Had Mark Waugh beheaded an alien invader with a spork while bombs fell around him, he would have done it gracefully. That was just how he was.
It also meant that had Mark Waugh failed to tame a wayward schnauzer that was running around his bathroom, he would have been called soft. That was just how it works.
Ian Bell is not as effortlessly graceful as Waugh or Gower. And unlike Gower and Waugh he doesn’t seem to enjoy it as much. But in modern cricket, there are few who can make every ball seem like it’s been bowled in slow motion like Bell. Technically, he is a textbook. A pretty illustrated textbook. If you are a batting purist, watching him reach forward and defend a ball is on its own: a moment of beauty and perfection.
And if you like that, you’ll need a cold shower and a lie down after he plays a cover drive.
For the longest time that was all you got, aesthetic perfection, as if all his innings were like a shuttlecock falling serenely to ground, before a racquet comes in and smashes the hell out of it.
You’ll no doubt have your favourite Ian Bell “I can’t believe he got out” moment. It might be a collection of horror drives to short cover. Maybe it was a breezy chip on the legside. Or anytime he’s got confused playing spin in the sub-continent. For me, and I doubt I’m alone, it is the Paul Harris wicket.
Aesthetically they are worlds apart. Ian Bell is stylish and correct. Paul Harris is technically horrible and about as aesthetically unpleasing as any spinner ever. On pure cricket talent, Ian Bell has paddling pools of it, Paul Harris has a thimble’s worth. But when Paul Harris came around the wicket, bowled from wide on the crease, and put even less spin on the ball than usual, Ian Bell just left it. He left it gracefully, technically correct and confidently watched it all closely.
He watched the bell so closely, he saw it not just clip the outside of off stump; he saw it hit the inside of off and a bit of middle.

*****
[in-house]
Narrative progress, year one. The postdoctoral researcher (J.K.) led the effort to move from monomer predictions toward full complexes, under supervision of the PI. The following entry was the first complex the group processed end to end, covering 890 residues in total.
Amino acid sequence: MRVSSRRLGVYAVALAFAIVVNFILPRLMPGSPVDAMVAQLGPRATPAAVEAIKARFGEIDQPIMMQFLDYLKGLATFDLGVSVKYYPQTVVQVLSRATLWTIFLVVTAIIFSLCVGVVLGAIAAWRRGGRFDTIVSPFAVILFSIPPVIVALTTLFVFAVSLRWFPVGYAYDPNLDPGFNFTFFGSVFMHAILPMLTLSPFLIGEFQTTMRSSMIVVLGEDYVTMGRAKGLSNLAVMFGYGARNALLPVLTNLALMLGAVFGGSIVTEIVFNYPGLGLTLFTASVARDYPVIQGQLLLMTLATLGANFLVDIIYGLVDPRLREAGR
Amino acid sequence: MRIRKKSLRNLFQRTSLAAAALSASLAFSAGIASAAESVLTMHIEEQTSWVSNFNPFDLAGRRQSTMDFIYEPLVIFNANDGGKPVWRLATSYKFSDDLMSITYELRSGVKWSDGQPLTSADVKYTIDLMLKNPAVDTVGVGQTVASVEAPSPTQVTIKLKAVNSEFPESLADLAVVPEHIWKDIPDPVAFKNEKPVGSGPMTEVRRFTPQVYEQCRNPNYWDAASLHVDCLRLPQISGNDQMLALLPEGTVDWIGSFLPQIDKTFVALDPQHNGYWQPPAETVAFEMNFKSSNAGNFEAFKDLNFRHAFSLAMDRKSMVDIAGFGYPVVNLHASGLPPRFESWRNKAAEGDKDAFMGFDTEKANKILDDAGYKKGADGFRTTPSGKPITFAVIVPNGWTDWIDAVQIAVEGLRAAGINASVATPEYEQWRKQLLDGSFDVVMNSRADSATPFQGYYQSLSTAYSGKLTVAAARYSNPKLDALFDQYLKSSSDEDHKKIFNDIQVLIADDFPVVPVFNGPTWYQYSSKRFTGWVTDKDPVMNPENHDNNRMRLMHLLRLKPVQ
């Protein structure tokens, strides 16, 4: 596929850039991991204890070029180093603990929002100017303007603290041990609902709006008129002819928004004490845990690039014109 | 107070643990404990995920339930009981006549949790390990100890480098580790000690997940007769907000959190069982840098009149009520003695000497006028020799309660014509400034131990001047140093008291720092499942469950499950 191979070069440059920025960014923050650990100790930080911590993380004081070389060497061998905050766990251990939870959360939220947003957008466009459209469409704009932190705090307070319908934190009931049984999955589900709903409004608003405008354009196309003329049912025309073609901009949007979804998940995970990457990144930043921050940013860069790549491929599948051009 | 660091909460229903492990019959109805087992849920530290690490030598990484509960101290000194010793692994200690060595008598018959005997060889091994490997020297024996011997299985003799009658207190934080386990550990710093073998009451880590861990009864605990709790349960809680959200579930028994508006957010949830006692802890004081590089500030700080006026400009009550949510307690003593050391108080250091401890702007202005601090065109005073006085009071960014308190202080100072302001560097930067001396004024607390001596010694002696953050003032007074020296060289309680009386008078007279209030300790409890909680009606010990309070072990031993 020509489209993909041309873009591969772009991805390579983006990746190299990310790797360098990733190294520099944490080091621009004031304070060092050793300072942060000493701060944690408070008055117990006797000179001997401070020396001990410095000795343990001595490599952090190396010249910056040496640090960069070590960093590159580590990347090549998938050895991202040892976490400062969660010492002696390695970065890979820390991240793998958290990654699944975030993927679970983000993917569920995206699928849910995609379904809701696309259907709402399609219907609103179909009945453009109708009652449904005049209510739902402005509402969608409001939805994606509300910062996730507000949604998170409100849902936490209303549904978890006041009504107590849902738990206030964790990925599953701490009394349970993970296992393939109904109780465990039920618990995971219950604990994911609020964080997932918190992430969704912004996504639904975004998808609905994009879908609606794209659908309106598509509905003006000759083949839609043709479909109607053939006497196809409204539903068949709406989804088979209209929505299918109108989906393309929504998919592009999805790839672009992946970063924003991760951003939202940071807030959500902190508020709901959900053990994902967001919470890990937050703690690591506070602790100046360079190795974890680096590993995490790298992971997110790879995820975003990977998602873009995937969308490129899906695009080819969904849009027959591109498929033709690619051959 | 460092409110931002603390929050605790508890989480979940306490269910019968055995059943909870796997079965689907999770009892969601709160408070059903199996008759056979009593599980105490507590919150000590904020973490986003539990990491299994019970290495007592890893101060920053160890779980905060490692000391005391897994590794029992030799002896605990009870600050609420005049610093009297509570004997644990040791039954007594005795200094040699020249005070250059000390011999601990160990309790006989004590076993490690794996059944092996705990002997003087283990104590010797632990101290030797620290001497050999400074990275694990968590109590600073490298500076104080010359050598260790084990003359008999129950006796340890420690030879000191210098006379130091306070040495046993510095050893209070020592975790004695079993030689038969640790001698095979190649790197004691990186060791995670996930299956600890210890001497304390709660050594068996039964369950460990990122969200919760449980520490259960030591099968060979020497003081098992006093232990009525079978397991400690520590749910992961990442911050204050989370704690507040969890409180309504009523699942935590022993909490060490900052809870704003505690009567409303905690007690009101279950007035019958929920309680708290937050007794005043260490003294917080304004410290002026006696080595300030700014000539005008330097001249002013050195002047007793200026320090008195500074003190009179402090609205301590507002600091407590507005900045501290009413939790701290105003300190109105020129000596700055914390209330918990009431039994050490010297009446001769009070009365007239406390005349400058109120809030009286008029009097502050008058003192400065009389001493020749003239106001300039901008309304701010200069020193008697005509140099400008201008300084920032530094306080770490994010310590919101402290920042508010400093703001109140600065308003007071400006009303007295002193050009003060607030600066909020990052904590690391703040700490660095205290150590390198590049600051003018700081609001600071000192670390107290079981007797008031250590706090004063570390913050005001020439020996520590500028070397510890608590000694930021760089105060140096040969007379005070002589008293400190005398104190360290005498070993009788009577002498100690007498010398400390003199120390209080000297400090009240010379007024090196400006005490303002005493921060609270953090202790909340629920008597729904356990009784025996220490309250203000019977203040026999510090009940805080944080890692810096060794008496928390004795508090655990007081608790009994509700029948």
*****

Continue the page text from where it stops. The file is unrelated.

If that one dismissal wasn’t a lesson to Ian Bell then he just wasn’t taking cricket seriously enough.
Of course, since then, Ian Bell has had more coming of age moments than Kevin Arnold had in The Wonder Years. The English cricket writers have narrated every single lesson that he has learnt, and Ian Bell has aged just as slowly as Kevin did.
Coming into the Ashes he was in a form slide. India was unkind to him. The Kiwis were not that fruitful. He could have been under pressure to maintain his spot had his Ashes mirrored his recent form. No one talked Bell up before this series. He was just the third or fourth name you mentioned when talking about the ‘batting unit’.
According to him, he is now better at grinding out innings than ever before. But he’s not suddenly turned into Paul Collingwood; he’s just using his normal skills and technique to essentially keep England in this series.
Today’s innings was magnificent. It was heroic. It was Ian Bell at his best. Chanceless. Pretty. And without any fuss or smiles.
Bell doesn’t get involved in sledging. His sex life doesn’t make the papers. He’s not in court on charges ever. He does not abuse his teammates. He seems unlikely to make himself into a Reality TV regular. He’s not got a drug addiction. He’s never claimed to suffer from depression. He just bats. And bats well.
Alastair Cook is posh and doesn’t sweat. KP is ego and genius. Graeme Swann is a failed rockstar and a confident spinner.
Ian Bell has played more Ashes Tests than all of them. And yet, all that comes to mind about him is that he bats pretty and he sometimes goes out softly. A PR firm would have a tough job selling him on anything else.
While they were making bronze statues of Jimmy Anderson outside Trent Bridge, there was little reference to the short ginger batsman who is apparently too soft to score runs when they matter but who gave Jimmy the lead he needed to get England over the line. England would not be 1-0 without Ian Bell. They would not be 289 for 7 today if not for Ian Bell.
This series Jonathan Trott has been careless. Alastair Cook has looked distracted. And KP has yet to find full form. England needed someone to step up.
For the second straight innings, it was Ian Bell. He did it in the exact same way he left that ball that bowled him by Paul Harris, with grace, confidence and technically perfect.
It’s just that now there is something behind the façade where Ian Bell has improved. It’s the grinding we don’t notice in between the pretty drives. Something has changed in him. He’s got it.
Even when he was out of form, against New Zealand, he still fought to save a Test. Sure, he’ll continue to go out in ways that we see as lazy, silly or cheap, because when he is in form like this, it’s impossible to understand how he could ever be dismissed.
If you’ve ever seen an Ian Bell hundred in person, you’re a lucky human being.
If you’re England in this Ashes, you’re a lucky team.